• Peter Lamont, Esq.

Facebook and Litigation



If you are involved in any form of litigation, Facebook can be your friend and your enemy. It can be used to find information on the other party. The bad news is that to the other person, you are the other party. Here are some Facebook tips for use during litigation.

  1. Do not add people that you do not know to Facebook. Facebook is great for meeting new people and reconnecting with old friends. Unfortunately, you need to realize that things on your Facebook page can be offered as potential evidence. It's important that you know exactly who is on your friends list. Remove people associated or possibly associated with the other part.

  2. Realize that Facebook is a public forum. Facebook is a free and public forum. It's even considered public if you lock your account down. The Internet is a public forum and when we post things for people to see, we don't have as much privacy as we would like to think. Facebook's Terms of Service will tell you that.

  3. Do not talk about your legal situation. Facebook should not be used to discuss your legal case. Again, it is a public forum. Do not discuss your legal strategies or what your attorney suggested as a course of action. Do not bad mouth the other party. Do not discuss things that experts have said regarding your case. Exercise your Fifth Amendment right to silence.

  4. Do not correspond or try to send friend requests to others involved in the case. This can include other attorneys, witnesses, and the judge. If you are contacted by any of those individuals, then let your attorney know ASAP.

  5. Do not disparage the other party or people involved. This ties directly in to number two and number three. It's a frustrating time, but Facebook should not be the place where you air your frustrations.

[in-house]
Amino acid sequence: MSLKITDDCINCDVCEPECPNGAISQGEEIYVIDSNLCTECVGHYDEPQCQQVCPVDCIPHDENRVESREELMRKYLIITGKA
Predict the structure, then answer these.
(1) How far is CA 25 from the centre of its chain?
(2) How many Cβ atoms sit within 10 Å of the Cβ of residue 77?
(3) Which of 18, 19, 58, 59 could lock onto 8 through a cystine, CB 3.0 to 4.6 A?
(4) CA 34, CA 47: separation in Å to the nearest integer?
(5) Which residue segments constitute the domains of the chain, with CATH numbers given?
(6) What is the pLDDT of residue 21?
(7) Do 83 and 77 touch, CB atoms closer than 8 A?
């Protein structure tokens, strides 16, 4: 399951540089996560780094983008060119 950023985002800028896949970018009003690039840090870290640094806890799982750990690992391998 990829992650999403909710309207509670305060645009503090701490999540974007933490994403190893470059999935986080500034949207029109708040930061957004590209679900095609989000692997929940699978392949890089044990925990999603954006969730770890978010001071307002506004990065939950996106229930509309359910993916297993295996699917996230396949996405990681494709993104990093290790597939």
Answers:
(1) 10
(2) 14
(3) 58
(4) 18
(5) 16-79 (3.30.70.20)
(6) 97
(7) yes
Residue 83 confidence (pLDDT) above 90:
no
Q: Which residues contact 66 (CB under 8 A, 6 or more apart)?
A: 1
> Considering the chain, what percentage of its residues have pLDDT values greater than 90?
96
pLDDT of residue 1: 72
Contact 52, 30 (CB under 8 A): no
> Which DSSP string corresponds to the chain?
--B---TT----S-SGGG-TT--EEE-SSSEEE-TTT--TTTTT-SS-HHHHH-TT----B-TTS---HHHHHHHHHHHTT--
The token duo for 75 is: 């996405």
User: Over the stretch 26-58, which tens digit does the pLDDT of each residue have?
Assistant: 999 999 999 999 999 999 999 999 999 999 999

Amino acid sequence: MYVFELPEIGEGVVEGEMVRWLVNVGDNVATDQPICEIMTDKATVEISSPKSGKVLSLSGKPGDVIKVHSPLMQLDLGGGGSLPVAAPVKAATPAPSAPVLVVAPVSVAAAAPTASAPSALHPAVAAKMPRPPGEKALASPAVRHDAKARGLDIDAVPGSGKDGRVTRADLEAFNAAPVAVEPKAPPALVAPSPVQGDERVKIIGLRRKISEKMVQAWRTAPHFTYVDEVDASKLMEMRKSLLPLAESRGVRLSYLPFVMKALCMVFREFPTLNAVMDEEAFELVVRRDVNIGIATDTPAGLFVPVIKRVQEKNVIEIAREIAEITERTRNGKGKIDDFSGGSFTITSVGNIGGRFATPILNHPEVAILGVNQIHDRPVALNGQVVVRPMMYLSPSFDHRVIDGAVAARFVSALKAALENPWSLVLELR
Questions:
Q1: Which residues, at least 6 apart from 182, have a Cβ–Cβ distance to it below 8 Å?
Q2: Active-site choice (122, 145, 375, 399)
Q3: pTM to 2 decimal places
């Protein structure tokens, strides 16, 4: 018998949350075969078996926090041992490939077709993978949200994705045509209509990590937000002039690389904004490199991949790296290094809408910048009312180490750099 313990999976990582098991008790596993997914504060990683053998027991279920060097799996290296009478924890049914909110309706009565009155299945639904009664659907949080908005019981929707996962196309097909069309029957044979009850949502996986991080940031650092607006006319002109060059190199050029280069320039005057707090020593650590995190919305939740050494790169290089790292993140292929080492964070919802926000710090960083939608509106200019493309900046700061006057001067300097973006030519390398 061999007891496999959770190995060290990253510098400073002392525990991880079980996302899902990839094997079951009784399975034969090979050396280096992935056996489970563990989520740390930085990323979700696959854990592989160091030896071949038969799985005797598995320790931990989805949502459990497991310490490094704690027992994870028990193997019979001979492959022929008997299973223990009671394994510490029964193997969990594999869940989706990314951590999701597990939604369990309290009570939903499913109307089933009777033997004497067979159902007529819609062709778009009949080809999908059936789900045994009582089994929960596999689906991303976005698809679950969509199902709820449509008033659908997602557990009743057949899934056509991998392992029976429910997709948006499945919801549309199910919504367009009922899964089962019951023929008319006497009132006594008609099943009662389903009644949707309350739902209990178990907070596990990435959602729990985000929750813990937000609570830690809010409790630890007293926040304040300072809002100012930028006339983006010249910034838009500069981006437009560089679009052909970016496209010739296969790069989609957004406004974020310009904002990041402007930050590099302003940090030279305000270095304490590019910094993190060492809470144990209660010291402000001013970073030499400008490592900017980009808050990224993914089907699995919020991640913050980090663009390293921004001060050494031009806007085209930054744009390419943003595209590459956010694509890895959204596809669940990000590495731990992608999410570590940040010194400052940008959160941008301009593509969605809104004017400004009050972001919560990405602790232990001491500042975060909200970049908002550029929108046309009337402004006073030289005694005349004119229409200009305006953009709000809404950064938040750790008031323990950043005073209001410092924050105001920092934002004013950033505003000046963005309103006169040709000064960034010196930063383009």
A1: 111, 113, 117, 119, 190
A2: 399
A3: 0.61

6. Turn your settings to friends only. Go under your Facebook settings and turn off anything that can be seen by the public. This includes photos, statuses, wall postings, and your personal information. Do not make it easy for the other side to find out what is posted on your profile. You may consider disabling your profile until after the case.

  7. Turn on approved tagging. Go under settings and make use of the option of approving anything that you are tagged in or that is posted on your wall. Take down any photos of you that you would not want seen by a court.

  8. Take down inflammatory photos. It doesn't matter if the photos relate directly to the case or not. Take down any photos that you are tagged in or that are on your account that include participating in anything illegal. Do not upload photos of that nature. Anything you put on the Internet will remain forever. Just Google your name and click images. You may be surprised at the things you see.

If you would like more information about this topic or have general legal questions, please feel free to contact me at (201) 904-2211 or via email at pl@pjlesq.com. We answer legal questions on a daily basis and would be happy to discuss any issues or questions that you have with you. © 2017, Law Offices of Peter J. Lamont & Associates. This Update is provided for informational purposes only. It is not intended as legal advice nor does it create an attorney/client relationship between the firm and any readers or recipients. Readers should consult counsel of their own choosing to discuss how these matters relate to their individual circumstances. This Update may be considered attorney advertising in some states. Furthermore, prior results do not guarantee a similar outcome.

#Facebook #litigation #law

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